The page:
|Subject: SMH: Suffrage starts at home
Date: Sat, 17 Jul 1999 09:28:18 -0400
From: "John M. Miller" <email@example.com>
Received from Joyo Indonesian News:
Sydney Morning Herald Friday, July 16, 1999
Suffrage starts at home
Registration of Timorese voters begins today. JON MARSH talks to the man whose job it is to convince refugees in Australia that it is safe for them to vote.
AGIO Pereira is returning home to East Timor for the first time in 25 years. In the next few weeks, he will attempt to pick up the tattered remains of his lost youth and rebuild his shattered country, both devastated by more than two decades of war.
Pereira has lost most of his family. His late mother was arrested, detained for four years and tortured; he believes his brother was killed by being thrown from a helicopter. As for his homeland, if and when the Indonesian military packs up and leaves, the Timorese will be starting almost from scratch.
But first, Pereira, 42, executive director of the East Timor Relief Association and a major player in the resistance movement, must complete an important and difficult challenge, perhaps the most significant in all his years in exile.
He must find, cajole and persuade all his countrymen and women in Australia to register and vote in next month's pivotal referendum.
The ballot will determine whether the people of East Timor want autonomy within Indonesia - which invaded East Timor in 1975 and annexed it a year later - or want to move towards full independence.
Under the terms of the United Nations-brokered May 5 agreement between Indonesia and Portugal, East Timorese are entitled to vote in the referendum, even though they live overseas.
On paper, it looks simple. In reality, it is a formidable task as many of the estimated 20,000 exiles in Australia - part of the total projected global electorate of 480,000 - have an instinctive distrust of authority.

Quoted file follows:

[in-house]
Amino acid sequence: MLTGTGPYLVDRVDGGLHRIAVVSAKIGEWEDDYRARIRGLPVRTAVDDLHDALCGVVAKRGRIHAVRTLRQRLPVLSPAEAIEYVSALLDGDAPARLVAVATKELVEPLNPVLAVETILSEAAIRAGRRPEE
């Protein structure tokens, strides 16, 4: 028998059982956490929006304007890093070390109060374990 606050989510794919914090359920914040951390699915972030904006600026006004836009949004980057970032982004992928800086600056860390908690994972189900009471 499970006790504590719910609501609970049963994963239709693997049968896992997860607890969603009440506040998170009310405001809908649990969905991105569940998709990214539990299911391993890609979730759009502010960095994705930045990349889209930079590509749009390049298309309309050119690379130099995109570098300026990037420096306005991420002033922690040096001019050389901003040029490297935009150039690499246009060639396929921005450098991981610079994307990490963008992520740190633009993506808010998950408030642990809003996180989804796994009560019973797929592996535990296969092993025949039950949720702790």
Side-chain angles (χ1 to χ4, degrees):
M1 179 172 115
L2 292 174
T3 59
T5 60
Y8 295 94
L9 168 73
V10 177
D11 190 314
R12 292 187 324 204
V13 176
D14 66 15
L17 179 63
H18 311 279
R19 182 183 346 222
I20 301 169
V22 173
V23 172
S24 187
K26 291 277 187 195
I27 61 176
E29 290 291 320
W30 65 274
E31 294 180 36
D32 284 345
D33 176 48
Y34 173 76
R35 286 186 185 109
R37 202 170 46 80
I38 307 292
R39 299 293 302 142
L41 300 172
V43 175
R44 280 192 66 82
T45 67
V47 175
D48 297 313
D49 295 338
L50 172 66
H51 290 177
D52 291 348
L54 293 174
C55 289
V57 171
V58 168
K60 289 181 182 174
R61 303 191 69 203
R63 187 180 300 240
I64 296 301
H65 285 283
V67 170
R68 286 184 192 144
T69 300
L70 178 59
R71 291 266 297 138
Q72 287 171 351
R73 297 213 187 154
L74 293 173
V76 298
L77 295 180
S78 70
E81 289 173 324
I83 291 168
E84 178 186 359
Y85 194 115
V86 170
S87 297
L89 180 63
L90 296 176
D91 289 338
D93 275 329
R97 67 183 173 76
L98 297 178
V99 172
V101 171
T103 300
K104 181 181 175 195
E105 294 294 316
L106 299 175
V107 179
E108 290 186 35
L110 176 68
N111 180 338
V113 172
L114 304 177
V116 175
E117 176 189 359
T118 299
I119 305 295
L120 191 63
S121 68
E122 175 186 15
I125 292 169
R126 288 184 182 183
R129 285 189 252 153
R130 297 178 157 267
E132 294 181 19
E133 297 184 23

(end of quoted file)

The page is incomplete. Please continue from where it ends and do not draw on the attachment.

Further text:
Registering and voting in elections is not something they are used to doing, so funds are being raised for a voter education campaign to explain the basics of how to vote, and stress that it is a secret ballot.
"People are quite nervous. They need a lot of convincing," says Pereira. "The Australia vote is critically important because the margin [of victory] is what we are working on.
"If the vote is only 55 per cent against integration, it is a weak political statement and it can create a lot of trouble in Jakarta. Numbers are very important."
Pereira has been busy spreading the word by any means he can - on radio, by leaflet, the Internet and at public meetings. The message is simple: you are not at risk and it is your duty to vote.
"In Australia you have about 1,500 refugees who still have bridging visas," he says. "Their immediate reaction was that they were scared to vote. They think that because the Government has kept them here for five years and is always looking for a window to throw them out, they think that if they vote they might be expelled from here.
"That is not the case. We have to explain the legal implications of the vote. We have organised information sessions in the western suburbs with legal experts. Hundreds of people turned up. They feel more comfortable now.
"You have to tell the people why their vote is important. They say 'What the heck, it is only one vote, I'm not going to bother going all the way to register'. But it does make a difference because from a patriotic point of view, your single vote can expel Indonesia from East Timor.
"It is a moral duty for those in Australia. Compared to those back home we are better off. One single vote is more important than 100 protest industries."
The Australian Electoral Commission is opening nine registration and polling centres: three in NSW, four in Victoria and one each in Perth and Darwin. Similar arrangements were made for South Africans in Australia in 1994, but this is a much larger and more complex exercise. Because of the unstable conditions in East Timor, the date for voter registration to begin has already changed four times.
Yesterday, despite concerns about intimidation and security, the UN Secretary-General, Kofi Annan, said registration of Timorese voters would start today. Annan said he would make another assessment on the security situation in East Timor halfway through the registration process on whether it can be completed and the ballot held as scheduled on August 21 or 22.
Annan had delayed the start of registration out of concerns that Indonesia had not taken measures to control anti-independence militias who have staged attacks against civilians and UN officials in the territory.
The Timorese diaspora is far and wide, and potential voters can be found everywhere from other parts of Indonesia to New York and Madagascar, Portugal and the Philippines.
Although Australia is the major population centre, registration will also take place in Indonesia, Portugal, Macau and Mozambique in a bid to attract another estimated 12,000 voters.